I had intended this month’s Down Your Alley to be Guy Fawkes related and Gunpowder Square seemed the perfect place to start. Unfortunately, I couldn’t find any information about this little alley which calls itself rather grandly a square. Its only association with anything ordinance related is a gun. Its three neighbours, located between Fetter Lane and Shoe Lane seem to have a more interesting history.
Wine Office Court is visited by tourists from every nation, Wine Office Court must be one of the most frequented courts in the whole of London. With its narrow covered access, darkened rough brickwork, worn paving, and treasured buildings storing over 300 years of history, it is a typical representation of our image of old London. But the average tourist does not come here to revel in the hollowed out stones beneath his feet or to venerate the age-old walls; he comes to eat, drink and make merry in the famous Old Cheshire Cheese. For decades its bars and restaurants have been a major attraction on the visiting lists of British and foreign tourists alike.
Wine Office Court including ‘gun’
There has been a tavern on this site ever since the late 16th century, but resulting from a spark in Mr Farriner’s Pudding Lane bakery it went the same way as everything else in Fleet Street. No time was wasted in rebuilding and the new tavern was open again for business in 1667, only months after the Fire had reduced the site to a smouldering heap. The Cheshire Cheese has a well-chronicled association with the literary set, going back to the time of its foundation. If we are to believe the claims of successive landlords down the centuries, Samuel Johnson, that great lexicographer, writer, and wit is supposed to have spent half his life here. In fact, there are items of Johnsonian memorabilia at almost every turn. For many years a painting of Johnson and his biographer, Boswell, has hung over the restaurant door, ‘Come, let us dine at the Cheese’ reads the caption below. Inside the restaurant, at the head of the long ‘Johnson table’ is what is claimed to be ‘the favourite seat of Dr Johnson’ and hanging above is a copy of a painting by Sir Joshua Reynolds.
Boswell, in his Life of Samuel Johnson, seems to indicate that the Doctor’s favourite tavern was the Mitre, which used to stand on Fleet Street. He makes no bones about it when he states that ‘I had learnt that his place of frequent resort was the Mitre Tavern in Fleet Street, where he loved to sit up late’. The Mitre Tavern was pulled down in 1829 so that Messrs Hoare could extend their banking premises. Although there is no reference in ‘the Life’ to the Cheshire Cheese it is difficult to believe that Johnson never ventured into the place, particularly when we recall that for much of his life in London he lived just around the corner.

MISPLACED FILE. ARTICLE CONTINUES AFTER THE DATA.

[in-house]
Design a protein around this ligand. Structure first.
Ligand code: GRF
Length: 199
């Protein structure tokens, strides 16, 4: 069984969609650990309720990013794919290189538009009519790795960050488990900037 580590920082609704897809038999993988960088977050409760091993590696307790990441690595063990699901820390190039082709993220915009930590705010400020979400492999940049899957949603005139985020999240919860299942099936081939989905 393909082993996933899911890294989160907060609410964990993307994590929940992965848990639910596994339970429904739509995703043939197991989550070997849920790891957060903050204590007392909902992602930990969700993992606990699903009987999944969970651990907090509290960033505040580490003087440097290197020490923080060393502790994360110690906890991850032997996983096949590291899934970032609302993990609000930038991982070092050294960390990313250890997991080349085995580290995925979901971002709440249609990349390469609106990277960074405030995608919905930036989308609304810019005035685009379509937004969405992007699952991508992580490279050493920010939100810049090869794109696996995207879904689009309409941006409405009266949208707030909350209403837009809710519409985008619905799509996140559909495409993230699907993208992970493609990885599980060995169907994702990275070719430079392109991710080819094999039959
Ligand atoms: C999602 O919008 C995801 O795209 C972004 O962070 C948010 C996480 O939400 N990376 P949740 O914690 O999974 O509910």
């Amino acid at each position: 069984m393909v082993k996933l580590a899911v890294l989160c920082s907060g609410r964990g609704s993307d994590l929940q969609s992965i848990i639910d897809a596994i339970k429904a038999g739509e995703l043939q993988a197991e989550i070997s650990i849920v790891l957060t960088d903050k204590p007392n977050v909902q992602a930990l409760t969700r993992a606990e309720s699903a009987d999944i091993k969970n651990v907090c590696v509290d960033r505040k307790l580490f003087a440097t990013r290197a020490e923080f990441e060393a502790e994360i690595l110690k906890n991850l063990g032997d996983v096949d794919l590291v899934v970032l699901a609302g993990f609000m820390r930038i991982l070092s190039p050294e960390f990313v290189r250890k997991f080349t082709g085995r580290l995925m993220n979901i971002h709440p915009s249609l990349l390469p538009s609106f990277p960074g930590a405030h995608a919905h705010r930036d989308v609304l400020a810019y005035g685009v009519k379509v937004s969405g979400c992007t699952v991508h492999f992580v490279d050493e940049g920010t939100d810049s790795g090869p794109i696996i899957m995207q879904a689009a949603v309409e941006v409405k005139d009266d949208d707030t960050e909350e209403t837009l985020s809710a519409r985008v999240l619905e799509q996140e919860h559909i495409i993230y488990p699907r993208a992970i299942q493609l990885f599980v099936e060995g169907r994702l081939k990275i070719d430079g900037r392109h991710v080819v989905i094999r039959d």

Oliver Goldsmith too must have been a frequent customer. He lived across the passage at number 6 Wine Office Court where he wrote The Vicar of Wakefield. And how can we mention such an old tavern without a peek at Dickens who must have walk in and out of these Fleet Street courts by day and by night? Few people know it, but Dickens kept a rule of life that compelled him to visit every tavern in the City of London daily; at least this is what some will have us believe. With this knowledge to hand, it seems very likely that the renowned pub goer downed the odd vessel or two in the ‘Cheese’. He gave a hint of the tavern in his Tale of Two Cities where he says, ‘Down Ludgate Hill to Fleet Street and so up a covered way into a tavern’. It does appear that the covered way may have been Wine Office Court.
Fleet Street is not generally considered as one of the most favoured sauntering areas for tourists but ‘the Cheese’, as it’s affectionately known, attracts visitors from far and wide. Squashed in the tiny bar you can brush shoulders with sightseers of all tongues. Americans sipping pints of English beer and commenting on Dr Johnson and the sawdust-covered floor. The tavern also attracts local workers from a variety of professions and trades who prefer to gather at the serving hatch in the corridor. Impenetrable men of advertising huddle together telling dirty stories and laughing very heartily.